Chuck Berry's 'Talkin' Bout You' is an explosive start to any album, especially the way The Hollies do it: high octane energy take-no-prisoners rock and roll. Chuck's original is sleepy, content to murmur to himself about the new love he's found and whilst almost all of the cover versions speeds things up (The Stones' version sounds like the narrator's having a nervous breakdown he's that frisky) The Hollies pack the heaviest and hardest punch of the lot. Clarke barks the song out with a real power (never has the word 'Hollywood' been sung with more earthy grit), Hicks' guitar solo is both fussier and more streamlined than Chuck's original and the rhythm section proud and poke at the song throughout. This isn't romantic love, it's pure infatuation and in The Hollies version the narrator is hypnotised, under her spell and eager to rush headfirst into things. One of the better early Hollies covers, this song dispenses with all the arch nodding winks of the original and becomes something more straightforward and exciting, with even Clarke's unusual falsetto 'oohs' and 'wooooaaaah shhhhhaaaakes!' ringing true here. Like much of the rest of the album, The Hollies are a real team here and all play their part and while there may be more sophisticated and polished performances of others' material to come, few songs match this one for pure energy and excitement. By the way, the original sleevenotes (recklessly reproduced without changing on CD) are 'wrong': this isn't a Ray Charles song but a Chuck Berry one; equally 'What Kind Of Girl Are You?' really is a Ray Charles song, however it's been credited here.
'Mr Moonlight' is an old Dr Feelgood song, actually only the B-side of a song actually called 'Dr Feelgood' released in 1962. At the time this would have been the most obscure cover song on this album seeing as neither side of the single was a hit. Nowadays of course people know it best from the rather ropey version filling up two and a half minutes of 'Beatles For Sale', but for some reason lots of Northern bands covered this one and The Hollies beat both The Beatles and a Merseybeats version to record by the best part of a year. Whgich is odd because it's not a natural fit for The Hollies: while they add their typical pounding rhythm section there's less for them to do and swapping the vocals between Clarke and Nash (in what was effectively his first lead vocal for the band) doesn't work as well as elsewhere. Tony clearly doesn't know the song that well (it must have been in the Deltas set rather than the Dolphins ones) and he uncharacteristically messes up his guitar solo very badly. Only Eric shines on this one, with a major role given over to the bass part which parps like a demented frog throughout. There's also a horribly cheesy ending pasted on (one of those 'everything will be alright now' I IV V chord progressions that virtually comes with a 'ta-dah!') which the original never had. To be fair though at least The Hollies dispense with the awful organ sound of the original, something that The Beatles kept for some reason and at least their version gets moving: neither version ranks amongst the respective bands' better moments but The Hollies easily win this mini-war.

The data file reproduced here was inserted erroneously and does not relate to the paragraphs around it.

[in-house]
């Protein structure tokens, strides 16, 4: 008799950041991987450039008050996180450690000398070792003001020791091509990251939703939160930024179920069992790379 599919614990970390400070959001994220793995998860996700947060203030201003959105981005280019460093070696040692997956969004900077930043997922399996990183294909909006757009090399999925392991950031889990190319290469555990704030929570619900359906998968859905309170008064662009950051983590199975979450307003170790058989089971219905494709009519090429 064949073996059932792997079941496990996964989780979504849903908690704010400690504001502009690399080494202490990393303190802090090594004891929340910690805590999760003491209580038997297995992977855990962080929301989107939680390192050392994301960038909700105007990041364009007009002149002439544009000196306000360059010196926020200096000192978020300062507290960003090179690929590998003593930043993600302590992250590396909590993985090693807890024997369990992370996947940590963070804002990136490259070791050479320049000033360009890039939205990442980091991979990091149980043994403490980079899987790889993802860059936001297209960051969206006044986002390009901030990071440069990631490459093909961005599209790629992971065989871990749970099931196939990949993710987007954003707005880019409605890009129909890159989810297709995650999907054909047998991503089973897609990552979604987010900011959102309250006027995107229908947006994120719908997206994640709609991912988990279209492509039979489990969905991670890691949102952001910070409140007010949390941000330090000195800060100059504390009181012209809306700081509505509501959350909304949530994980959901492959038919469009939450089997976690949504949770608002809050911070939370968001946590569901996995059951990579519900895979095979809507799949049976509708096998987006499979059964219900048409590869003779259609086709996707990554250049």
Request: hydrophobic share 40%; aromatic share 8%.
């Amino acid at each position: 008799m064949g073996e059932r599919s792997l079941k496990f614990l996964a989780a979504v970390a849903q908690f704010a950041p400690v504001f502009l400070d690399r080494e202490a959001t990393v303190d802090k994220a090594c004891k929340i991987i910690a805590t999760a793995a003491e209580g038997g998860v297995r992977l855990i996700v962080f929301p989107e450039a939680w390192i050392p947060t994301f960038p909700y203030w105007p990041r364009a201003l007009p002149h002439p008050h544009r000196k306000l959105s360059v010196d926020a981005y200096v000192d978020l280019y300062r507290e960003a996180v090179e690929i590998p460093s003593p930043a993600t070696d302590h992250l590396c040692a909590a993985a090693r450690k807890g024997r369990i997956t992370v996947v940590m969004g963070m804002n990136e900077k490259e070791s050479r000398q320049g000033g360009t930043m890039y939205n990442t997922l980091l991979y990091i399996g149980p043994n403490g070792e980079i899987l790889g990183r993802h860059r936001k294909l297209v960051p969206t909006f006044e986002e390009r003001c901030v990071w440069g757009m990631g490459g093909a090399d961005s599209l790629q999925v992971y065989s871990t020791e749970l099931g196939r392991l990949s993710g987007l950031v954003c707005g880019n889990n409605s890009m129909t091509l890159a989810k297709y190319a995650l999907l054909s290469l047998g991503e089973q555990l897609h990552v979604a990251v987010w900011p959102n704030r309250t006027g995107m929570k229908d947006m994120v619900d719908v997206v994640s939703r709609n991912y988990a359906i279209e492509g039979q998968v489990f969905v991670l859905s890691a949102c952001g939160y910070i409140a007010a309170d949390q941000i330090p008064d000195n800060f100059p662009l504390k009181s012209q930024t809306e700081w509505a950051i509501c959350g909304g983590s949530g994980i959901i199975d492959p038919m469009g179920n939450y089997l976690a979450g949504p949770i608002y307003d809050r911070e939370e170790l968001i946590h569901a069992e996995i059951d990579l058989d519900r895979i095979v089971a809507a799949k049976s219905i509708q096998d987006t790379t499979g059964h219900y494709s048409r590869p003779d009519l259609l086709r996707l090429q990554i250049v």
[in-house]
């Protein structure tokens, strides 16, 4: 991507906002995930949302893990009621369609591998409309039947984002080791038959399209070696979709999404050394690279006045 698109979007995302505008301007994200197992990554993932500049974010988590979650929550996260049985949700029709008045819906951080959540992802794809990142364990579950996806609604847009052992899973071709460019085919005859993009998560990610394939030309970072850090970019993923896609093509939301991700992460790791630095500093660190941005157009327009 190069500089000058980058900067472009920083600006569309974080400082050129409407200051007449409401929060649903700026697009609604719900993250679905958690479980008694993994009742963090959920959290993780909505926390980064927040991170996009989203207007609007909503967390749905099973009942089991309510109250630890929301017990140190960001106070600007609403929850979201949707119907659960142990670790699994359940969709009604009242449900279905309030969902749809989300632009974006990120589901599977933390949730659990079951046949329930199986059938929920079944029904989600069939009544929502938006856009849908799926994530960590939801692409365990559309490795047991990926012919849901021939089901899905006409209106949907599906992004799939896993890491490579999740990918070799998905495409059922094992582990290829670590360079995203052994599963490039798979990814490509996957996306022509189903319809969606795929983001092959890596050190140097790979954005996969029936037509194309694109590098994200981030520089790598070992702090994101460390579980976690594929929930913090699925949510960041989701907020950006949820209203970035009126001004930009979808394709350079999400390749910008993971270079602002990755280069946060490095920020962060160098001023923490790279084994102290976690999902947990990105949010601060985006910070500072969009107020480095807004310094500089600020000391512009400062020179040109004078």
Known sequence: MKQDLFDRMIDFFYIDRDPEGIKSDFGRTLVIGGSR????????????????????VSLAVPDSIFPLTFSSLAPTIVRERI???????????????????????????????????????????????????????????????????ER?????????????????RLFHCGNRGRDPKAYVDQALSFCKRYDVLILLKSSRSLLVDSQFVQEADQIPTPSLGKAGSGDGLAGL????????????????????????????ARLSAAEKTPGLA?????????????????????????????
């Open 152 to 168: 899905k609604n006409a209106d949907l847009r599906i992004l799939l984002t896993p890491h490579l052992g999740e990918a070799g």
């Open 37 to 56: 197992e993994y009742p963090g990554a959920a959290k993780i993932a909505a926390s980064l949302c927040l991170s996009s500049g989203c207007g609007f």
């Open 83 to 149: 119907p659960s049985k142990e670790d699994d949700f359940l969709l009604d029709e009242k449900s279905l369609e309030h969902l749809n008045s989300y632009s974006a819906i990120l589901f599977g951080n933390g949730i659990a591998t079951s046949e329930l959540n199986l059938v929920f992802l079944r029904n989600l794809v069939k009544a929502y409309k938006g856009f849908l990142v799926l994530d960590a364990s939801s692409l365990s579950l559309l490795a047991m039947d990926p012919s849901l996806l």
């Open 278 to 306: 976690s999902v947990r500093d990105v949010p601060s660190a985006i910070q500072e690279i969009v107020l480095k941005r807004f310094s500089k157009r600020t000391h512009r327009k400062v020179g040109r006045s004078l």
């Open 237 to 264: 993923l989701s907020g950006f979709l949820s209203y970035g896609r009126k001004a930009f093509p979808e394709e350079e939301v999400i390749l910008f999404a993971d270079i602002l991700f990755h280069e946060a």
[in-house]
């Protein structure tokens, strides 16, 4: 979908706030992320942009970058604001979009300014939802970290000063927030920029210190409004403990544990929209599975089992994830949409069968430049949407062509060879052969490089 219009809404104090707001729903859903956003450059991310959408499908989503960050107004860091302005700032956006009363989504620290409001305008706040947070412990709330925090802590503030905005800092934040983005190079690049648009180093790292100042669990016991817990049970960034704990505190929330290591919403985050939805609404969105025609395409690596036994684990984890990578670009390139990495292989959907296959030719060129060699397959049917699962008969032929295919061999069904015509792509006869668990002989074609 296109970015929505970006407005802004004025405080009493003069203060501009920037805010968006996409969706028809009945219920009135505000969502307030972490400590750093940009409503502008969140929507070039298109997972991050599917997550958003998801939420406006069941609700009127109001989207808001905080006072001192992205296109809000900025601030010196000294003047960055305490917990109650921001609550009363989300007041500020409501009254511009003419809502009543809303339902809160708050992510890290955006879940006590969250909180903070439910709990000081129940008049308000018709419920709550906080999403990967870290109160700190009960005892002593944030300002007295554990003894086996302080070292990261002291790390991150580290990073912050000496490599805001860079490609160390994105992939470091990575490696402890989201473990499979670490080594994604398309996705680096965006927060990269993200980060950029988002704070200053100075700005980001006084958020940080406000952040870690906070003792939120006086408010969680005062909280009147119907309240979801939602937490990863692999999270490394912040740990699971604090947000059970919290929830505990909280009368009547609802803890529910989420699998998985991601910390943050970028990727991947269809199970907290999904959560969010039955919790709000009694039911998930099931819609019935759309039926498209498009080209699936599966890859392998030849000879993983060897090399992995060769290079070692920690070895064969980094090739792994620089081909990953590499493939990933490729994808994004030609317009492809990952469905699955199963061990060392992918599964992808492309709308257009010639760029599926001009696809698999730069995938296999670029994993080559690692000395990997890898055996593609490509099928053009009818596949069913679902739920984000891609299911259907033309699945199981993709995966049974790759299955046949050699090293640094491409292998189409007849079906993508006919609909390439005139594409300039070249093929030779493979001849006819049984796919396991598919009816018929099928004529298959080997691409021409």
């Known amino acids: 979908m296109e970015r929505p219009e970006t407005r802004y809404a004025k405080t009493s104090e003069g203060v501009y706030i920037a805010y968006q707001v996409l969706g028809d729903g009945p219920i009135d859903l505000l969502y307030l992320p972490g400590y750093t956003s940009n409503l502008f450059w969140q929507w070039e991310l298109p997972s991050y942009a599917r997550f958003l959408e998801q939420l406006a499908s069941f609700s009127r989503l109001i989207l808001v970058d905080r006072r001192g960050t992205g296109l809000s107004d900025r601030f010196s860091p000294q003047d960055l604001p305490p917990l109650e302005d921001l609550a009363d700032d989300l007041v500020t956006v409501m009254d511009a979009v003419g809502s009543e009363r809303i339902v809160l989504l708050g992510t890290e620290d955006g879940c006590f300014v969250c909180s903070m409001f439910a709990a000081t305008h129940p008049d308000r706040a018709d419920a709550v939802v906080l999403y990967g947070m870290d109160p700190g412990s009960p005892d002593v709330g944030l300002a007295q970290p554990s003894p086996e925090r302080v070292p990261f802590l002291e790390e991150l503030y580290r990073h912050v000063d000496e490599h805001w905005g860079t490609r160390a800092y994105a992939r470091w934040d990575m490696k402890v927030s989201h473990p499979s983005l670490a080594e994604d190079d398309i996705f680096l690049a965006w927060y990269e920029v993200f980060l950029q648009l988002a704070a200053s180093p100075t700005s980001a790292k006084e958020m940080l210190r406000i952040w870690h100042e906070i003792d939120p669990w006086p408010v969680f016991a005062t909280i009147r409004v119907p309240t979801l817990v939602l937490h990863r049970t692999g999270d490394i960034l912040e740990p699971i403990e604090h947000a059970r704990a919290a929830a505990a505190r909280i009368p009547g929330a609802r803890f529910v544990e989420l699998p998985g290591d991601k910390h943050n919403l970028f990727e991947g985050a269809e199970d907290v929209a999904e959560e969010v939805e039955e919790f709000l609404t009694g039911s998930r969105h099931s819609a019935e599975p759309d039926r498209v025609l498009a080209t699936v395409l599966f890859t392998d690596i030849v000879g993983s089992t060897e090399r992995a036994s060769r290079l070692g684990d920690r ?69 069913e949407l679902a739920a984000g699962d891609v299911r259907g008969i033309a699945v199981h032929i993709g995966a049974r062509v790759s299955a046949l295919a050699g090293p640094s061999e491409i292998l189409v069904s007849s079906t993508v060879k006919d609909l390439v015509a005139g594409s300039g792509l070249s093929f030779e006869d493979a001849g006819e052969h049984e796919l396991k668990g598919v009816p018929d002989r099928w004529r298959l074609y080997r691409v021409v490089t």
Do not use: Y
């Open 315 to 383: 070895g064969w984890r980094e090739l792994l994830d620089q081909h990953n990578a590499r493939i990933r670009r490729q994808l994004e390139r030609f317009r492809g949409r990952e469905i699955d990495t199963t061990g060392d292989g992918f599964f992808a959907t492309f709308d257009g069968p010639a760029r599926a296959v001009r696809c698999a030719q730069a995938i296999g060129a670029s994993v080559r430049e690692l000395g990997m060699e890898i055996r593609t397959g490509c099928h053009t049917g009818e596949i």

Regular readers will know that I adore Arthur Alexander, the finest writer of the 1950s whose handful of songs were almost all recorded by the early 1960s bands. Sadly 'You Better Move On' is the only song of his The Hollies ever tackled and while one of his most famous isn't one of his best and certainly not one of his most suitably Hollie-like, with his typical drawn out emotion pushed a little past all believability (a Clarke-filled version of 'Soldiers Of Love' or 'Anna' though would have been sensational...) The Hollies sound like they've stretched the elastic a little too far with the emotion here: Clarke's voice cracks under the strain and Nash's chirper supporting harmony sounds strangely miscast (his additional 'well let me tell you know that' a very 60s idea stapled onto what was already seen as an untouchable 50s classic). The Hollies always were and always will be a great ballads band, able to convince on slow songs, but this ballad is still being treated as if its just a slow rock song and is played with the same heavy-handed attack which makes it not one thing or another. Few Hollies song drag, especially early Hollies songs, but the full 2:48 of this song seems like a lot longer somehow by the time the band navigate the song's tricky chord structures in slow motion, the song only really coming alive for the yearning middle eight ('I can't blame you for loving her...') where at last Clarke and Nash's vocal acrobatics make sense. Erm, we'd better move on...